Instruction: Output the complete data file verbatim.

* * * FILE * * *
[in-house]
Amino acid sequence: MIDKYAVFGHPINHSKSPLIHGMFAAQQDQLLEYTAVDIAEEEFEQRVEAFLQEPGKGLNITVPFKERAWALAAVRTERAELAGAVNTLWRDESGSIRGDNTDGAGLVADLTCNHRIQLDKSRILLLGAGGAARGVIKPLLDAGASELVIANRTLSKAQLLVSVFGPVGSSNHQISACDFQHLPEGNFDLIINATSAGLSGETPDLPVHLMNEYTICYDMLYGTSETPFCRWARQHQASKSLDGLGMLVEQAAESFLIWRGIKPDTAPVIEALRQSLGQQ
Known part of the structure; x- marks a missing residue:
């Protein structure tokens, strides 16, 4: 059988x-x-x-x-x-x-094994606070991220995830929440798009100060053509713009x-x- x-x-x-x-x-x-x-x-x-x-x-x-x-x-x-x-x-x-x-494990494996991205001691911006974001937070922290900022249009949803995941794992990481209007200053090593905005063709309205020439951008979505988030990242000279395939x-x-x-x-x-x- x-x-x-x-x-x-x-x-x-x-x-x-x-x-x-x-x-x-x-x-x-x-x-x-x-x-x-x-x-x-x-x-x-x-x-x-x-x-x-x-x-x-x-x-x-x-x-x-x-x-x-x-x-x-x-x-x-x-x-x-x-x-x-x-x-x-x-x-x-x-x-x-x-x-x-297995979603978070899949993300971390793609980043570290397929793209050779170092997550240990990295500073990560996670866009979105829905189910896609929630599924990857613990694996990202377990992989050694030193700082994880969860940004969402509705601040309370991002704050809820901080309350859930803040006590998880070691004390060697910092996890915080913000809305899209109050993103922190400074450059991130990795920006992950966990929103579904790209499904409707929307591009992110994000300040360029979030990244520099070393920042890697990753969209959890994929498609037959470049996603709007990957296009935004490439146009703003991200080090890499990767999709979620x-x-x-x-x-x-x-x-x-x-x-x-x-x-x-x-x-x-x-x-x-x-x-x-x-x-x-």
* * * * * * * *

[in-house]
Amino acid sequence: MIDKYAVFGHPINHSKSPLIHGMFAAQQDQLLEYTAVDIAEEEFEQRVEAFLQEPGKGLNITVPFKERAWALAAVRTERAELAGAVNTLWRDESGSIRGDNTDGAGLVADLTCNHRIQLDKSRILLLGAGGAARGVIKPLLDAGASELVIANRTLSKAQLLVSVFGPVGSSNHQISACDFQHLPEGNFDLIINATSAGLSGETPDLPVHLMNEYTICYDMLYGTSETPFCRWARQHQASKSLDGLGMLVEQAAESFLIWRGIKPDTAPVIEALRQSLGQQ
Known part of the structure; x- marks a missing residue:
């Protein structure tokens, strides 16, 4: 059988x-x-x-x-x-x-094994606070991220995830929440798009100060053509713009x-x- x-x-x-x-x-x-x-x-x-x-x-x-x-x-x-x-x-x-x-494990494996991205001691911006974001937070922290900022249009949803995941794992990481209007200053090593905005063709309205020439951008979505988030990242000279395939x-x-x-x-x-x- x-x-x-x-x-x-x-x-x-x-x-x-x-x-x-x-x-x-x-x-x-x-x-x-x-x-x-x-x-x-x-x-x-x-x-x-x-x-x-x-x-x-x-x-x-x-x-x-x-x-x-x-x-x-x-x-x-x-x-x-x-x-x-x-x-x-x-x-x-x-x-x-x-x-x-297995979603978070899949993300971390793609980043570290397929793209050779170092997550240990990295500073990560996670866009979105829905189910896609929630599924990857613990694996990202377990992989050694030193700082994880969860940004969402509705601040309370991002704050809820901080309350859930803040006590998880070691004390060697910092996890915080913000809305899209109050993103922190400074450059991130990795920006992950966990929103579904790209499904409707929307591009992110994000300040360029979030990244520099070393920042890697990753969209959890994929498609037959470049996603709007990957296009935004490439146009703003991200080090890499990767999709979620x-x-x-x-x-x-x-x-x-x-x-x-x-x-x-x-x-x-x-x-x-x-x-x-x-x-x-």